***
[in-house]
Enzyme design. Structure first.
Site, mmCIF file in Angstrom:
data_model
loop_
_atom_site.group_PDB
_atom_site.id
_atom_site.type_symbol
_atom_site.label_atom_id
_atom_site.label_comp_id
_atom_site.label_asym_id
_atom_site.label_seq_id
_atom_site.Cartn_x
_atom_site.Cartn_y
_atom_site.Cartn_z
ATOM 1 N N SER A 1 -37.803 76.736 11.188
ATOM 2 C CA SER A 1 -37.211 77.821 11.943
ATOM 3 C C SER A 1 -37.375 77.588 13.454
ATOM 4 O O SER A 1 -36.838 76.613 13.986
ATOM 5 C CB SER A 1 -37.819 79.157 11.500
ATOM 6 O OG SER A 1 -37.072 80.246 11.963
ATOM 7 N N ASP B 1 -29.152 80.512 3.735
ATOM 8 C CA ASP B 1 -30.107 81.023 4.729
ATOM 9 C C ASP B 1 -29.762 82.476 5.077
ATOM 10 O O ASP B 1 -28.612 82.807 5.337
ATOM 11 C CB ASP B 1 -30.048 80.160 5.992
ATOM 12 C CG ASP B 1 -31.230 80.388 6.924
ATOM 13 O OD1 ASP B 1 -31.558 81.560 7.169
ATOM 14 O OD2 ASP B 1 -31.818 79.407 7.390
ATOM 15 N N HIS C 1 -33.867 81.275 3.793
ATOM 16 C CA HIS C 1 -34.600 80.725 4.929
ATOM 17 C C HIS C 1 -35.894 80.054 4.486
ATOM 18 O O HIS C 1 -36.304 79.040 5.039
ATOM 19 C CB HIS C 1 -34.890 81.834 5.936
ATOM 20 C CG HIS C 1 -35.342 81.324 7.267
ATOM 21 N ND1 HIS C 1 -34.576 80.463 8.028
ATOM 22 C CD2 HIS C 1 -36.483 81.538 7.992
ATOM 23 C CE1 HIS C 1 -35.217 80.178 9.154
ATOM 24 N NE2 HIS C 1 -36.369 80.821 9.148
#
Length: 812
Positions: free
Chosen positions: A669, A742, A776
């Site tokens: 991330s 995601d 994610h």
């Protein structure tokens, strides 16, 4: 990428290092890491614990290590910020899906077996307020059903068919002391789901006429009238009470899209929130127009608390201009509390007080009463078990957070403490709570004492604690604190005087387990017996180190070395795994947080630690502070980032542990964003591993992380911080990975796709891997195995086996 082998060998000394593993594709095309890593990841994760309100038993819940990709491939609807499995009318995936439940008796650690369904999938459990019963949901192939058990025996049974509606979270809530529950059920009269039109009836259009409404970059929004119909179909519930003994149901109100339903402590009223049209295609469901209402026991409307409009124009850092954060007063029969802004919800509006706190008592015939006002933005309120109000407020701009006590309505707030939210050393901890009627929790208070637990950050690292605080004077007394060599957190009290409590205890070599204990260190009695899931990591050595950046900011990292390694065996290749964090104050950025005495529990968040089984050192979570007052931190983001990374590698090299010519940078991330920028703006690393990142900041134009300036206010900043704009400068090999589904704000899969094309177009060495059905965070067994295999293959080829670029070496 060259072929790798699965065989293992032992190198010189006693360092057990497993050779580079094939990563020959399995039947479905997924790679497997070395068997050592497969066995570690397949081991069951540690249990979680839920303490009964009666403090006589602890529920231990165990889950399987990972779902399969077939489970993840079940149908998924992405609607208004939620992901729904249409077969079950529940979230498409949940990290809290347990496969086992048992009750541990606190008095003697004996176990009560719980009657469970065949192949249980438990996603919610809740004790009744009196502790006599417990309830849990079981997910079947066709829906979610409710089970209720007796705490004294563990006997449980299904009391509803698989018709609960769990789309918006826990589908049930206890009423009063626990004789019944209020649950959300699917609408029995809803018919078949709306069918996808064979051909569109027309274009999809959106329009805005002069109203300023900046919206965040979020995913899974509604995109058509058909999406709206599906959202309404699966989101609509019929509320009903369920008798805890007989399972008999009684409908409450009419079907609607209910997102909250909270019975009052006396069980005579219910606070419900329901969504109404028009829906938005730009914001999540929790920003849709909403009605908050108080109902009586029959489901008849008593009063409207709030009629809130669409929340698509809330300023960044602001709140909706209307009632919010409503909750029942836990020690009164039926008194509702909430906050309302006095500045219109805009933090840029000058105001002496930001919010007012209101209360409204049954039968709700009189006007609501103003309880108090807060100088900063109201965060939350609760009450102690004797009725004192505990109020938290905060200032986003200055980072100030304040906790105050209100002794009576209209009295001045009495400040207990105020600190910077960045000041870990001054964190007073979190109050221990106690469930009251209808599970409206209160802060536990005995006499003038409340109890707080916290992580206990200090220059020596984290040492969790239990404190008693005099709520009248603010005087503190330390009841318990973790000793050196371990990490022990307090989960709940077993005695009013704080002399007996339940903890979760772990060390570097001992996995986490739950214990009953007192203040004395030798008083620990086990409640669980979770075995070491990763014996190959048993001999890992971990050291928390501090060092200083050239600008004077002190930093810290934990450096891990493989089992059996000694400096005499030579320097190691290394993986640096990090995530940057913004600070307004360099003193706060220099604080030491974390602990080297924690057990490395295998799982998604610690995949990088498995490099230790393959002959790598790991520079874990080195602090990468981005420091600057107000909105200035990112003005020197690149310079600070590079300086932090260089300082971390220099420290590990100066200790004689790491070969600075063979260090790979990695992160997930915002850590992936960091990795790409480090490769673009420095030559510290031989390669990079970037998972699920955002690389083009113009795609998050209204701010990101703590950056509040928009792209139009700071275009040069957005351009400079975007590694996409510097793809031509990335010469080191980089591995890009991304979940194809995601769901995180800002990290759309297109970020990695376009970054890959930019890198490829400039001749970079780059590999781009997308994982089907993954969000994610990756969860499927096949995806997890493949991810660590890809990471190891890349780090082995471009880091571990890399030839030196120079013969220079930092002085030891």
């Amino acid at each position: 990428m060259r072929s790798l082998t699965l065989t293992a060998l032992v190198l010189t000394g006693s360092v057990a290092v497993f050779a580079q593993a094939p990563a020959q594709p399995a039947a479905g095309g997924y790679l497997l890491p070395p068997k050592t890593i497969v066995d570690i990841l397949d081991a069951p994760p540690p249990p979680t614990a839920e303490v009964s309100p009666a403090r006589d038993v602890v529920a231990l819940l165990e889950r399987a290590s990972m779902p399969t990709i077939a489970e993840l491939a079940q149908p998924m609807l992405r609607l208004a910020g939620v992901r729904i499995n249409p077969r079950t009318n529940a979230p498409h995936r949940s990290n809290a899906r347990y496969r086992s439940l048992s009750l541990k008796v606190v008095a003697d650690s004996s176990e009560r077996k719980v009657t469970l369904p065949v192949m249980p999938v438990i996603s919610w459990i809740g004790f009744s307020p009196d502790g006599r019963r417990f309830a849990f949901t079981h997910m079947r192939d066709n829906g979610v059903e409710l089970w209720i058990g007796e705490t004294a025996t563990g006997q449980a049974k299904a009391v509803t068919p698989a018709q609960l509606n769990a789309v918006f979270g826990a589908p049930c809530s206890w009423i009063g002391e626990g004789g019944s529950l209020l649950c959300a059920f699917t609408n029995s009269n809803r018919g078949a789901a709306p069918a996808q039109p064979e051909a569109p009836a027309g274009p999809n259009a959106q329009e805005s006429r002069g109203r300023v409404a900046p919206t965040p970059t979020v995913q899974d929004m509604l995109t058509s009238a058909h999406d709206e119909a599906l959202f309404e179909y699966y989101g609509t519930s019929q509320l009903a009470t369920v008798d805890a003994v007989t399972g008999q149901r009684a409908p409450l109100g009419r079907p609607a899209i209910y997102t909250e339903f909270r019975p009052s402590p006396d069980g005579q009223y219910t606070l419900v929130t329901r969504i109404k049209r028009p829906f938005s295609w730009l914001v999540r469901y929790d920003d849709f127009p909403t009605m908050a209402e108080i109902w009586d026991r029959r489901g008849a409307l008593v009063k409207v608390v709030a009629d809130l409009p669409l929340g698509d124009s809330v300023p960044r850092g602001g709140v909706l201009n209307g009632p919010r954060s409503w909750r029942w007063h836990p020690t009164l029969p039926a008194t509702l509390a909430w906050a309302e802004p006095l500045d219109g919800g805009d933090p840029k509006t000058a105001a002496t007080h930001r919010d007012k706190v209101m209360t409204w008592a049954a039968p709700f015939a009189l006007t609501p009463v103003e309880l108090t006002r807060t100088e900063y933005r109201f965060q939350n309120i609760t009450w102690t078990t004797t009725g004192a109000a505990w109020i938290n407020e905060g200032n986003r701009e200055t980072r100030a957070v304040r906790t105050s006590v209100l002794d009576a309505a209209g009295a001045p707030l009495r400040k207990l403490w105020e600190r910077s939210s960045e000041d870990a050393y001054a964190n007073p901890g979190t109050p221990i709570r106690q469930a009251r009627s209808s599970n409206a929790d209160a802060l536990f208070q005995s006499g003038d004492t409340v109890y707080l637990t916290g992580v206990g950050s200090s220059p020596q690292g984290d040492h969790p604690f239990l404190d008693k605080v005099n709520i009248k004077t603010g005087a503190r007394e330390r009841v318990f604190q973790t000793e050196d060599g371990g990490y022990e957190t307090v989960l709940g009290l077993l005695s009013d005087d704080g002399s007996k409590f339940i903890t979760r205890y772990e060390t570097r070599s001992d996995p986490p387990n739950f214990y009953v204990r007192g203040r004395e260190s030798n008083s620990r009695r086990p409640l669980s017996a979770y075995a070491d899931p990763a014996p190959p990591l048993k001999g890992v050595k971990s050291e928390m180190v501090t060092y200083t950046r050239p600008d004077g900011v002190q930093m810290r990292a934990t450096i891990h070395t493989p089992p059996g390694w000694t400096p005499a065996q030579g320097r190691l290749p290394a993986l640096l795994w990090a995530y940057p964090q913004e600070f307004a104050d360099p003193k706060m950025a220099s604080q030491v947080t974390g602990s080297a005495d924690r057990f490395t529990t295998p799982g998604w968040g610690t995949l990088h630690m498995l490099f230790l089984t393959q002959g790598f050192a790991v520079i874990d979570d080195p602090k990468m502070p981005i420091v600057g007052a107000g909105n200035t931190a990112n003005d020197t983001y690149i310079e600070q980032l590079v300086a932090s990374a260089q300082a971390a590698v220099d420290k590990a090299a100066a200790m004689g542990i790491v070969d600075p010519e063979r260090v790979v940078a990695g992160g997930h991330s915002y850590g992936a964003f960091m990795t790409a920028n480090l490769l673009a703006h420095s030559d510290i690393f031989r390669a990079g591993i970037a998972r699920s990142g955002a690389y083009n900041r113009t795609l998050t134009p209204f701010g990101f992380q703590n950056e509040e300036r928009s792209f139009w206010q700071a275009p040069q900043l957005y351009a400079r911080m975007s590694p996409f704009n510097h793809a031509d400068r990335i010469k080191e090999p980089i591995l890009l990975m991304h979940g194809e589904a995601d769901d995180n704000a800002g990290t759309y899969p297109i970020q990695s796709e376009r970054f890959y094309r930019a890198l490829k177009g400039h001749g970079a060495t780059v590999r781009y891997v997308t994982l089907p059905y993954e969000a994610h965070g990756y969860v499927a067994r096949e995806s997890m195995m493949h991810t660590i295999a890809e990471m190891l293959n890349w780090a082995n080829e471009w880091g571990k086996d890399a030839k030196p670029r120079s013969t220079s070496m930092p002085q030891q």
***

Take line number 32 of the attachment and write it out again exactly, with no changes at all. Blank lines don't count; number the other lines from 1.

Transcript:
ATOM 17 C C HIS C 1 -35.894 80.054 4.486